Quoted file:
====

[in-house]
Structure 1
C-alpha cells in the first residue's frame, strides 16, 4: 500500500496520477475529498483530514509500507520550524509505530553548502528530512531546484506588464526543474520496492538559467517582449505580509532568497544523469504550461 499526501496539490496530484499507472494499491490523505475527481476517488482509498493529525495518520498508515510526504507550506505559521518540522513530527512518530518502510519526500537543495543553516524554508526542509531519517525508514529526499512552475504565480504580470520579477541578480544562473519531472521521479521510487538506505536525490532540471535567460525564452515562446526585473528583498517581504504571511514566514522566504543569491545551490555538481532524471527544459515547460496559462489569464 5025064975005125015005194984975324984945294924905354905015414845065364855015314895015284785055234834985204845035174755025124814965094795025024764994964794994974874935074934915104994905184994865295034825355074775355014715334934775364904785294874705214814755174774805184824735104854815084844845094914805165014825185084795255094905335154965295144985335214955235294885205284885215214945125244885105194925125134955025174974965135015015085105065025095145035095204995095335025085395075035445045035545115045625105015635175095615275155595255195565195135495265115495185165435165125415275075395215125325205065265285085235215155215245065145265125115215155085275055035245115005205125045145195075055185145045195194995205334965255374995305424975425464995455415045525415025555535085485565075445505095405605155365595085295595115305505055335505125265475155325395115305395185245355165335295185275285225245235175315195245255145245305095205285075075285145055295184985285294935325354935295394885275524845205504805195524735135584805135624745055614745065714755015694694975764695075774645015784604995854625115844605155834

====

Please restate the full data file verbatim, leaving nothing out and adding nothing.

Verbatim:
[in-house]
Structure 1
C-alpha cells in the first residue's frame, strides 16, 4: 500500500496520477475529498483530514509500507520550524509505530553548502528530512531546484506588464526543474520496492538559467517582449505580509532568497544523469504550461 499526501496539490496530484499507472494499491490523505475527481476517488482509498493529525495518520498508515510526504507550506505559521518540522513530527512518530518502510519526500537543495543553516524554508526542509531519517525508514529526499512552475504565480504580470520579477541578480544562473519531472521521479521510487538506505536525490532540471535567460525564452515562446526585473528583498517581504504571511514566514522566504543569491545551490555538481532524471527544459515547460496559462489569464 5025064975005125015005194984975324984945294924905354905015414845065364855015314895015284785055234834985204845035174755025124814965094795025024764994964794994974874935074934915104994905184994865295034825355074775355014715334934775364904785294874705214814755174774805184824735104854815084844845094914805165014825185084795255094905335154965295144985335214955235294885205284885215214945125244885105194925125134955025174974965135015015085105065025095145035095204995095335025085395075035445045035545115045625105015635175095615275155595255195565195135495265115495185165435165125415275075395215125325205065265285085235215155215245065145265125115215155085275055035245115005205125045145195075055185145045195194995205334965255374995305424975425464995455415045525415025555535085485565075445505095405605155365595085295595115305505055335505125265475155325395115305395185245355165335295185275285225245235175315195245255145245305095205285075075285145055295184985285294935325354935295394885275524845205504805195524735135584805135624745055614745065714755015694694975764695075774645015784604995854625115844605155834